2.25 The RSNO runs a Young Ambassadors programme with up to 20 participants each year from all over Scotland, as well as a Youth Takeover initiative through which young people aged 16-18 work in various departments of the organisation to produce a public concert. The RSNO Community Orchestra provides an opportunity for amateur musicians to play together and the RSNO Chorus Academy is open to all, aiming to build participants’ confidence in singing techniques and reading a musical score.
2.26 Scottish Ballet is committed to providing transformational creative activities throughout Scotland, in particular for those who face social, physical, mental or geographic barriers.
2.27 Launch is Scottish Ballet’s participatory dance and music programme for primary schools. School workshops are offered alongside each of the ballet’s tours which encourage participants to explore the themes of the production as well as create their own dance moves. Scottish Ballet also presents talks on their creative processes to secondary school pupils.
2.28 The Close is delivered in partnership with The Kibble Care and Education Centre and Gorgie Mills Special School. The project encourages at-risk young people to explore their creativity and develop team work skills whilst offering a first time ballet experience.
2.29 Scottish Ballet also runs a performance company for elder community dancers known as Scottish Ballet Elders' Company ( SBEC).
2.30 SCO Connect is Scottish Chamber Orchestra’s creative learning programme which aims to inspire and enable creativity in communities across Scotland. The extensive programme of activities allows people of any age or ability to interact with the music and the musicians of the orchestra.
2.31 Big Ears, Little Ears is a series of concerts staged by the SCO which is specifically designed for babies and toddlers, allowing families to enjoy chamber orchestra music in a child-focussed environment. Scottish Chamber Orchestra’s flagship project for upper secondary school pupils is known as Masterworks and aims to open up new worlds of music and sound to young people through live performances and workshops.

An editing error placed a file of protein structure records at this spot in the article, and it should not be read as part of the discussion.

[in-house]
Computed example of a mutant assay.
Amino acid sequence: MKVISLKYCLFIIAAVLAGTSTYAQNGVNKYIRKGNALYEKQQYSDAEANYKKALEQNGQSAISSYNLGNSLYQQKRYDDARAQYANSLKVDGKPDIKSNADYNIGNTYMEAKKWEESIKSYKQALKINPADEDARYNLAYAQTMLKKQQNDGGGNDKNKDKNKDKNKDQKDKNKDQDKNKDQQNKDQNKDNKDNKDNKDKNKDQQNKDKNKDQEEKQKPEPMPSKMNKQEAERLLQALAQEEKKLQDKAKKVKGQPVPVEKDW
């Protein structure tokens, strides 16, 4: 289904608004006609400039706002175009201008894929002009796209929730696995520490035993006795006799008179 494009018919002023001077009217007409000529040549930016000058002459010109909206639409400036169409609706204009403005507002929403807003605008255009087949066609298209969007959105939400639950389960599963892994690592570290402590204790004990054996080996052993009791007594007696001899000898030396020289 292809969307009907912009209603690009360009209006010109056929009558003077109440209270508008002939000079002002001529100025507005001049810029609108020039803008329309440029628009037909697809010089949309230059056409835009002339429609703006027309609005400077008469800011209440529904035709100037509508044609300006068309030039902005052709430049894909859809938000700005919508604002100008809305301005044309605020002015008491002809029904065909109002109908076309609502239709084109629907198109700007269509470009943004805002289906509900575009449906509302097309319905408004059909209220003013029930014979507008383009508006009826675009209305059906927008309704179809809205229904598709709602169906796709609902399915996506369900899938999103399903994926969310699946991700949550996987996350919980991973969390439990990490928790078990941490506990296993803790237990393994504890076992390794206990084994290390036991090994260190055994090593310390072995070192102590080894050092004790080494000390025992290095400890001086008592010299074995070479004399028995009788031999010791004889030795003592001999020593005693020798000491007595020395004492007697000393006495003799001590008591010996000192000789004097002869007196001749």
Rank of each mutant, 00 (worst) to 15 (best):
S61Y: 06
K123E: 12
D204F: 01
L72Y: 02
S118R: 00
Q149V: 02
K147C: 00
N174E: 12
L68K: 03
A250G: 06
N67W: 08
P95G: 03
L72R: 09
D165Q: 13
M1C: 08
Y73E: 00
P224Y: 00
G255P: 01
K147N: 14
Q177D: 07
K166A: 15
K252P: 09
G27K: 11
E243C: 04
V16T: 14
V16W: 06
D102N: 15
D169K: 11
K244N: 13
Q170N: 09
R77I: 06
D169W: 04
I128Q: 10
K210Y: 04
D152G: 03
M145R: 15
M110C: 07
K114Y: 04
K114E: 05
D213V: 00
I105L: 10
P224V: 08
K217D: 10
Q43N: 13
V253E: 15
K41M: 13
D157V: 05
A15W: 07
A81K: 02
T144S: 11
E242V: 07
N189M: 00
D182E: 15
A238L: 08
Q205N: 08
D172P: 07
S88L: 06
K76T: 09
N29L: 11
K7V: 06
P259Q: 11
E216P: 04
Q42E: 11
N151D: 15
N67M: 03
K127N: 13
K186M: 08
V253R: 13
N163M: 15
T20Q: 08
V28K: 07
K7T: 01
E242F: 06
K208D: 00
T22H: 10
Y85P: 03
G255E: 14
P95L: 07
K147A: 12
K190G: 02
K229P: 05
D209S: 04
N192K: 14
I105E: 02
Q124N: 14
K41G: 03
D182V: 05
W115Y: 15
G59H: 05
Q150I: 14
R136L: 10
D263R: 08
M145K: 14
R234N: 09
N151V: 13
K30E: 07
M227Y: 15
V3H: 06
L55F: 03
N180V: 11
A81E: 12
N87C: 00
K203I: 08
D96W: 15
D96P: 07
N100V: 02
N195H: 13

2.32 In partnership with the University of Edinburgh at the Royal Edinburgh Hospital, the SCO runs a programme of interactive workshops for people living with Dementia. SCO Reconnect aims to put patients at the heart of the musical creativity, improve well-being and encourage the use of music within a care setting.
2.33 Scottish Opera provides music and theatre workshops to pupils in primary schools across Scotland, helping to deliver aspects of A Curriculum for Excellence. Pupils are encouraged to engage with the music and learn in a creative environment through the staging of children’s operas.
2.34 Scottish Opera’s Community Choir is open to all and offers a mix of opera, classical, popular, folk and world music.
2.35 Memory Spinners, Scottish Opera’s highly successful programme for people living with dementia, encourages participants and carers to be creative and share memories. The programme uses visual arts as well as music, storytelling and movement to engage and connect with people living with Dementia. Shared memories are then incorporated into relaxed performances for friends and family.